There are simple steps to ensure the delegated task get done to desired level of success and you don’t end up spending more time supervising.

  • Select the task and Find a resource with suitable skills
  • Provide sufficient work instructions & measurable goals
  • Focus on task “Objective” of the task not procedures
  • Supervise, Review periodically & give objective Feedback
  • Step in to help only if needed, else do not interfere.
  • Expect teething problems:

If even after your clear instructions and support you see that the task is back on your table for your action, the delegation clearly did not work. Many managers find themselves in this position often and don’t know what to do next. Some even accept the fact that their team is not up to the mark for the responsibility. Let’s explore the possible reasons;

  • First, in some cases, the subordinates who have been delegated the tasks bounce the task back to the manager because they don’t want to take the risk or be blamed for the failure.
  • Second, it may also be possible that manager and the subordinate do not have the same understanding of the tasks to be performed and the empowerment going with that. Clarify the expectations and ask for his / her next action plan. Support with your inputs but do not micro manage or step in when not required.

It is important that imminent challenges are discussed and worked through before abandoning the idea. This is because if delegation fails, both parties loose. Subordinate doesn’t see any room to grow and you as boss feels stuck with routine and mundane work load & not finding time for critical and strategic work.

At last you should also be open to let it go if things don’t work out despite genuinely putting efforts by both ends. Also for few people (e.g. Perfectionists!) this is always going to be tough!


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Project Prioritization using Bubble Chart

 Bubble Charts

Bubble Charts

What are Bubble charts: Project prioritization is a crucial activity in portfolio / PMO Management for managing project demand pipeline. Projects triage or prioritization process takes in to account strategic fit, business impact or opportunity, cost benefit analysis (ROI) and level of risks involved to rank all the projects in demand pipeline for EPMO review and decision. This project ranking allows assignment of score or weightage on a scale of 1-10. Bubble matrix charts are used to present this integrated view in easy to understand visual format.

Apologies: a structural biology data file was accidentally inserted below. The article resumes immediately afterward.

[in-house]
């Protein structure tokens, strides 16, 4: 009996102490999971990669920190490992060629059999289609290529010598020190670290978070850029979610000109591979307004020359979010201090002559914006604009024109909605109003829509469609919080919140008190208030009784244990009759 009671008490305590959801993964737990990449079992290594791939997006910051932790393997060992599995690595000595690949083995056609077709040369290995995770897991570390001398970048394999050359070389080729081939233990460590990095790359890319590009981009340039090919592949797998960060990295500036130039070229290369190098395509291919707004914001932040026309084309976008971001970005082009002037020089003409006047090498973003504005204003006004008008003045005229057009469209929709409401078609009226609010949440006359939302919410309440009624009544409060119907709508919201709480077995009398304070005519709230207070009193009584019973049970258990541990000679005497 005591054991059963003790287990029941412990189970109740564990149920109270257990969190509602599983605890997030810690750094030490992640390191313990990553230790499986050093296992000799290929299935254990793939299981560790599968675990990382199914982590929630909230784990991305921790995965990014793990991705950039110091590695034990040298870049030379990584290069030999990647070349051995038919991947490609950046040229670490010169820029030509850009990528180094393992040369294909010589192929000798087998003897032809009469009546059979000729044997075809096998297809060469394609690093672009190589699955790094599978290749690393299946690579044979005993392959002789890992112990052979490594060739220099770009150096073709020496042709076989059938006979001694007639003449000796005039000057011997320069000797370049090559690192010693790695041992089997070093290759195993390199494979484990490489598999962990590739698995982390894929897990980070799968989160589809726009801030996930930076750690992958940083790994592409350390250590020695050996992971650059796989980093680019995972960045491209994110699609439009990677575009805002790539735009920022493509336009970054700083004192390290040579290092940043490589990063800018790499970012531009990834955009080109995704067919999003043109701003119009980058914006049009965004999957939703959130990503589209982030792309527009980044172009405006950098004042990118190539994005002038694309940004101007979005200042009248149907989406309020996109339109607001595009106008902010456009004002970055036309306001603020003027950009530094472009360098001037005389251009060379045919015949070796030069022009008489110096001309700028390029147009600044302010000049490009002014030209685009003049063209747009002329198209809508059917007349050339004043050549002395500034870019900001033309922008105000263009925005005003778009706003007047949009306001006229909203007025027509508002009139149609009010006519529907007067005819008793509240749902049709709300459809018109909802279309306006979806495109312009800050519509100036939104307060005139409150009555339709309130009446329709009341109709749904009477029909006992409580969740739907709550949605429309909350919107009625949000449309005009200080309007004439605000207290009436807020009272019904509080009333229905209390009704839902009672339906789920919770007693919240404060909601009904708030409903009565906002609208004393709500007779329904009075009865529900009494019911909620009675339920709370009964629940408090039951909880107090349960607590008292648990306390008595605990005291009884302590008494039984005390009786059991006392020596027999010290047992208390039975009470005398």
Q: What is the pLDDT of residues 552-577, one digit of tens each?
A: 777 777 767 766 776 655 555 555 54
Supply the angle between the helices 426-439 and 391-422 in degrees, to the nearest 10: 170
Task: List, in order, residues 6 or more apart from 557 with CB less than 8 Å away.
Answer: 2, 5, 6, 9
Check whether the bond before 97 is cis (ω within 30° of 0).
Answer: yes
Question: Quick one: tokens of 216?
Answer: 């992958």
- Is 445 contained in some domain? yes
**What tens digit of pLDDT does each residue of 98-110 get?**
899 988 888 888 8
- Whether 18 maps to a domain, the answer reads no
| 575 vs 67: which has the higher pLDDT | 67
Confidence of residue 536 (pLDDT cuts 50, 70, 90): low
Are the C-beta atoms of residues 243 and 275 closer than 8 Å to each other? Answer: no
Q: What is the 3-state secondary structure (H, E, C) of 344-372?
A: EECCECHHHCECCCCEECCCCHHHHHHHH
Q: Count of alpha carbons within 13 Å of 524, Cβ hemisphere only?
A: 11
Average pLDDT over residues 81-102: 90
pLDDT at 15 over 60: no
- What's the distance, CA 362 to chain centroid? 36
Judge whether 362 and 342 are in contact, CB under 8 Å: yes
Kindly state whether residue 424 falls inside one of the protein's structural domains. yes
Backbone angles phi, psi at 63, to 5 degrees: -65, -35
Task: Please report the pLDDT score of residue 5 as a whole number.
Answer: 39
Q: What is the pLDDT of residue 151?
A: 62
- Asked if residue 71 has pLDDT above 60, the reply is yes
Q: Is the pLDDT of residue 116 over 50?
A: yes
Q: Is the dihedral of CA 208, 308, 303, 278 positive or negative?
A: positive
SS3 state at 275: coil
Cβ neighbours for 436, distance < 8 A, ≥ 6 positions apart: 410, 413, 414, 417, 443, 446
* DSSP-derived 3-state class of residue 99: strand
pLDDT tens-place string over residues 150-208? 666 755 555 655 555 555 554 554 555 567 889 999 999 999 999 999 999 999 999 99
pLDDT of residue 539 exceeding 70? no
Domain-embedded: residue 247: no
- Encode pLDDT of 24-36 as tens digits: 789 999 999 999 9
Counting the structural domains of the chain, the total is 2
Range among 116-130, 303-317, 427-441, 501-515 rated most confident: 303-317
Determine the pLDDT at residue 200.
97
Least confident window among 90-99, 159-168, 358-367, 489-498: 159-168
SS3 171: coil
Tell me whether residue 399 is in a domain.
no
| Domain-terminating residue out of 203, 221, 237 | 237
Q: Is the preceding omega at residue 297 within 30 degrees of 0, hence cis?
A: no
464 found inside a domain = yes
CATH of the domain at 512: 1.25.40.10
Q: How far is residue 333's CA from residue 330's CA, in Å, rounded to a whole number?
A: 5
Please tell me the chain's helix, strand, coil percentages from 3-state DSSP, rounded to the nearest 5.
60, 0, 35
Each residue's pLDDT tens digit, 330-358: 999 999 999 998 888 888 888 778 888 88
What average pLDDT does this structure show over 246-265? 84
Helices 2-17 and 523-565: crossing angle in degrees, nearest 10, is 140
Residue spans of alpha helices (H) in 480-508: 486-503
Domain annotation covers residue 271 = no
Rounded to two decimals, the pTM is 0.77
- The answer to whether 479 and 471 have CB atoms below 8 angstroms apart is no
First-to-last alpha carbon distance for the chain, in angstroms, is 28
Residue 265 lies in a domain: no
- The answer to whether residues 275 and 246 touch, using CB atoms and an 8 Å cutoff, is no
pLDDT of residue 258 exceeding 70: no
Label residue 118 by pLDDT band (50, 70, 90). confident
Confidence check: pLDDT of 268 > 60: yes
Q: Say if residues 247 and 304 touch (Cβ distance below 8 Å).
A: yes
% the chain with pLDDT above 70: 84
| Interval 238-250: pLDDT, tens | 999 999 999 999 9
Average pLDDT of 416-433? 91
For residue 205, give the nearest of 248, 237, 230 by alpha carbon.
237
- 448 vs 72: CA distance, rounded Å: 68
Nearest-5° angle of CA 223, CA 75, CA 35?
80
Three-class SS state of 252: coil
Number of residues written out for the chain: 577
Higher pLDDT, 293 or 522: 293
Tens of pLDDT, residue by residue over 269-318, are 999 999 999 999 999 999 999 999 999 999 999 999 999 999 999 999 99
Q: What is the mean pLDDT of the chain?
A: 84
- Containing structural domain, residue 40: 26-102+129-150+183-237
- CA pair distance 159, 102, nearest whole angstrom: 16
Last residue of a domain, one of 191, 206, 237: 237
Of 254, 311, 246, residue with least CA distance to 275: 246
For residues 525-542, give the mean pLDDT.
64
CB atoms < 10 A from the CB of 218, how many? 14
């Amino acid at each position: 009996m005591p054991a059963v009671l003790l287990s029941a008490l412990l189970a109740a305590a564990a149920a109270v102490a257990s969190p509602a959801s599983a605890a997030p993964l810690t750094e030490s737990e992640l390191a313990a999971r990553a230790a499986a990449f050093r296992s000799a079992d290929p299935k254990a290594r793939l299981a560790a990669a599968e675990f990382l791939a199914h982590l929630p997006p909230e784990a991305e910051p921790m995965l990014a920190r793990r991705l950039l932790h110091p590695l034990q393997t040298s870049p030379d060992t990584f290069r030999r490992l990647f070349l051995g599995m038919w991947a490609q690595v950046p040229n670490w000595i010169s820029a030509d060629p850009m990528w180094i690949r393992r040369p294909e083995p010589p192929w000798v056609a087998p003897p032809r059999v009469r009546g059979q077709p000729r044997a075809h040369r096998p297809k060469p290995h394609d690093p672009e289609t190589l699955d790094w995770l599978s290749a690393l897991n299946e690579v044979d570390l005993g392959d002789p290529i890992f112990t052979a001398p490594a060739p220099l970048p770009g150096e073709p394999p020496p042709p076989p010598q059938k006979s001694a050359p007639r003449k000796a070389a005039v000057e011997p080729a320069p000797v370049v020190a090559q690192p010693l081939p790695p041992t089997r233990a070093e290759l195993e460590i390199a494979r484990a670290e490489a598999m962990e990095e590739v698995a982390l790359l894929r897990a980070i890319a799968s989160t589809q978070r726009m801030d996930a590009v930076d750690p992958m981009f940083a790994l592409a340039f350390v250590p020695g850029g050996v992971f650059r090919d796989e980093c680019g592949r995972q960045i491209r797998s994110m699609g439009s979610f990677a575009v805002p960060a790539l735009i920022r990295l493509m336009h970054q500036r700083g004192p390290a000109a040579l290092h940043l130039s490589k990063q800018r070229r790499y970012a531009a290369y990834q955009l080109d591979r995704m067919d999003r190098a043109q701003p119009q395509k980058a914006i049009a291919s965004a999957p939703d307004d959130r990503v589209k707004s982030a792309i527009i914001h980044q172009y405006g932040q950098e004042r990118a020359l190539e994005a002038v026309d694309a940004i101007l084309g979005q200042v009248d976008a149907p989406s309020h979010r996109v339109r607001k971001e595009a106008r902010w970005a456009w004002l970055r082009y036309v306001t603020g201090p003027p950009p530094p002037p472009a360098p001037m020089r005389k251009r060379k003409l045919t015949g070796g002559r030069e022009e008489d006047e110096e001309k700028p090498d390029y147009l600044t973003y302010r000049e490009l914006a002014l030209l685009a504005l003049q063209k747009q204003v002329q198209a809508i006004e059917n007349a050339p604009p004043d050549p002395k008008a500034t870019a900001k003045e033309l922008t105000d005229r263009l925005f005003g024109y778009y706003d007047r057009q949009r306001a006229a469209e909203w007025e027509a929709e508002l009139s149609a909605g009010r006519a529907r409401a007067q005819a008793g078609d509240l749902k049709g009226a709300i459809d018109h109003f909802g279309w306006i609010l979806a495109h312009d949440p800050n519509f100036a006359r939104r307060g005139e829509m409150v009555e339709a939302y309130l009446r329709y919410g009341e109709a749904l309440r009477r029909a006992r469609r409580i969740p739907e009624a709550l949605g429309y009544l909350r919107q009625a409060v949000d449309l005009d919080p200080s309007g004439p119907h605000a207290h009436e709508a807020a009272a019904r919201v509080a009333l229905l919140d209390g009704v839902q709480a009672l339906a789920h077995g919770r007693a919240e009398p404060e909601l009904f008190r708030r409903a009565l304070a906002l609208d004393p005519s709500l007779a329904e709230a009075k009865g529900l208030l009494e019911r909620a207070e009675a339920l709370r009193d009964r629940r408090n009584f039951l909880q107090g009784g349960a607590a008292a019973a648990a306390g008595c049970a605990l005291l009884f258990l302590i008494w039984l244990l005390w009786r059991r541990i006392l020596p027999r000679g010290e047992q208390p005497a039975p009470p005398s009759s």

Process and Tools: The processes and methods used by performing organizations vary but in general the review standard is defined and documented and governed by the enterprise PMO or departmental portfolio leader. In large organizations, this activity is performed using a demand management or PPM tool for the purpose of ease and accuracy given large number of project intakes. However the same results can be achieved using spreadsheets with few macros by smaller or still evolving EPMOs that do not have access to sophisticated demand management or PPM tool sets.

Advantages: Project prioritization bubble charts provide a number of advantages over traditional spreadsheet listings. The bubble charts are especially useful for business stakeholders and senior executives to support decision on which of these projects align to the stated company strategy and should be implemented. Few of these advantages are;

  • They are easier to present status and findings
  • They are visual and can also be color coded
  • They are simple to use and make updates
  • Bubble charts provide single integrated view
  • Automatically updated if integrated in PPM tool 

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Scope definition through User Stories

User Stories

The benefits of achieving a working software in less money, better risk mitigation mechanism (because you test early and test often) and dependence on process not individuals is one of the key reasons that Xtream Programming has become one of the most preferred software development within Agile methodologies in recent years. Agile practitioners term User stories to be “Technique of expressing requirements as user stories to be an effective approach on all time constrained projects and are a great way to begin introducing a bit of agility to your business requirement and analysis approach.”

If you happen to be one of those project managers who need to deliver your project in such fashion, chances are you are most likely to use your scope statement e.g. project requirements in terms of user stories rather in standard functional requirement document. Hence it would be invaluable to know how you can employ user stories to define, plan, and manage project scope effectively.

What are user stories?

A user story describes what functionality is required from the perspective of business users in simple or plain English running through different steps or stages to accomplish desired functionality. In simple terms, a user story provides the clear understanding of who wants the functionality, how it would work and why this functionality is required. In most cases user stories are written by customer or a customer representative working with a developer where developer may ask some questions to clarify the user actions but does not influence the idea creation process. User stories are used mostly in agile software development methodologies to provide the basis of features required in the software.